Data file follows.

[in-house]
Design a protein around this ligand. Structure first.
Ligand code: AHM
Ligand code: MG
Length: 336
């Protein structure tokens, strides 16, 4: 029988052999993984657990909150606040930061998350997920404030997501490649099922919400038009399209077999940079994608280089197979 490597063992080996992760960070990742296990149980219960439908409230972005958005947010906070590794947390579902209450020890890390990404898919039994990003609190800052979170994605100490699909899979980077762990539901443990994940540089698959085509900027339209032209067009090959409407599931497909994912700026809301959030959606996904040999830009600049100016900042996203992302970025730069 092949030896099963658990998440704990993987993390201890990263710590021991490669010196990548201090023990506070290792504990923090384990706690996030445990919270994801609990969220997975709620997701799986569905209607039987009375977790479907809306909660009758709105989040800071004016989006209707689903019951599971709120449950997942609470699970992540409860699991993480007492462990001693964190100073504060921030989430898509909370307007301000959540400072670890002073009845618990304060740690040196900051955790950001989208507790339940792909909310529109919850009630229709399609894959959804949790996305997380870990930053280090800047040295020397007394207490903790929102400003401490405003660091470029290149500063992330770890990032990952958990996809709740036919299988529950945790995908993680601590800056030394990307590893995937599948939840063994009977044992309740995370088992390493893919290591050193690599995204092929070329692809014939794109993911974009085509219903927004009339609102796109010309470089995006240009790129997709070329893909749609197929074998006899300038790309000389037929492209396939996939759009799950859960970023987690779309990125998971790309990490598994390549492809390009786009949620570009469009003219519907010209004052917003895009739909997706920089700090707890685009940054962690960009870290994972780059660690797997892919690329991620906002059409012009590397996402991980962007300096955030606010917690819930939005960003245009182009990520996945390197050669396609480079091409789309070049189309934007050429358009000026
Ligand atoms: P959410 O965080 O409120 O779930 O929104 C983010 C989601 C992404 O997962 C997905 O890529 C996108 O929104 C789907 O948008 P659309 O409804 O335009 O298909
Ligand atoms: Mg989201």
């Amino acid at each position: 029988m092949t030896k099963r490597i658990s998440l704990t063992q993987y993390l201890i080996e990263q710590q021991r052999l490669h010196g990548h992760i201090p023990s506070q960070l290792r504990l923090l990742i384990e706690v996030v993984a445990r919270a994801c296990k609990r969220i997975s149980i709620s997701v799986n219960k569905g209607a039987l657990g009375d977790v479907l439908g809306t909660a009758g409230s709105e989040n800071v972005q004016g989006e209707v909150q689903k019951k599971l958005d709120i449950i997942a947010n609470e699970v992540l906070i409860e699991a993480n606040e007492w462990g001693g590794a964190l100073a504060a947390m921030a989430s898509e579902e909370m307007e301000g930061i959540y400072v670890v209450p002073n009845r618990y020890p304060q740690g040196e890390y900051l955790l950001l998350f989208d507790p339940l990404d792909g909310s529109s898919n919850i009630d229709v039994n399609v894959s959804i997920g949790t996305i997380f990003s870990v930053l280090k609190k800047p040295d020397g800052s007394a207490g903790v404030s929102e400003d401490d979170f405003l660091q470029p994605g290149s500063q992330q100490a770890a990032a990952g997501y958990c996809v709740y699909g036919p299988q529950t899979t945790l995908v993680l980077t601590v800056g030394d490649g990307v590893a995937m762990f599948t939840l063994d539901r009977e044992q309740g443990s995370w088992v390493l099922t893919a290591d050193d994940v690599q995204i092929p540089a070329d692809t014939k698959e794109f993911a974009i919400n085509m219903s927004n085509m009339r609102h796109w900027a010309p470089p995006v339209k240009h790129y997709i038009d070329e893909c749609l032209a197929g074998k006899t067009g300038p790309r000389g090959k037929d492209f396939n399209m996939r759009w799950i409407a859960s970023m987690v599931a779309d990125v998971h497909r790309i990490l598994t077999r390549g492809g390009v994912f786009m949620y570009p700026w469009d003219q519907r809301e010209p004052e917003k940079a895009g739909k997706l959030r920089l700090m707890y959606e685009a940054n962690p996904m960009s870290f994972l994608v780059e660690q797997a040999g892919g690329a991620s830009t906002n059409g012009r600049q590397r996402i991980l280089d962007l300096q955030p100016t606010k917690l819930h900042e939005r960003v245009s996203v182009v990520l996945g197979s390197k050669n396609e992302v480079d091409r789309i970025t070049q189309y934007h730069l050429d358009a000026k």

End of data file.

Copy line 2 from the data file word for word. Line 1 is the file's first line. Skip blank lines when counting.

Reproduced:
Design a protein around this ligand. Structure first.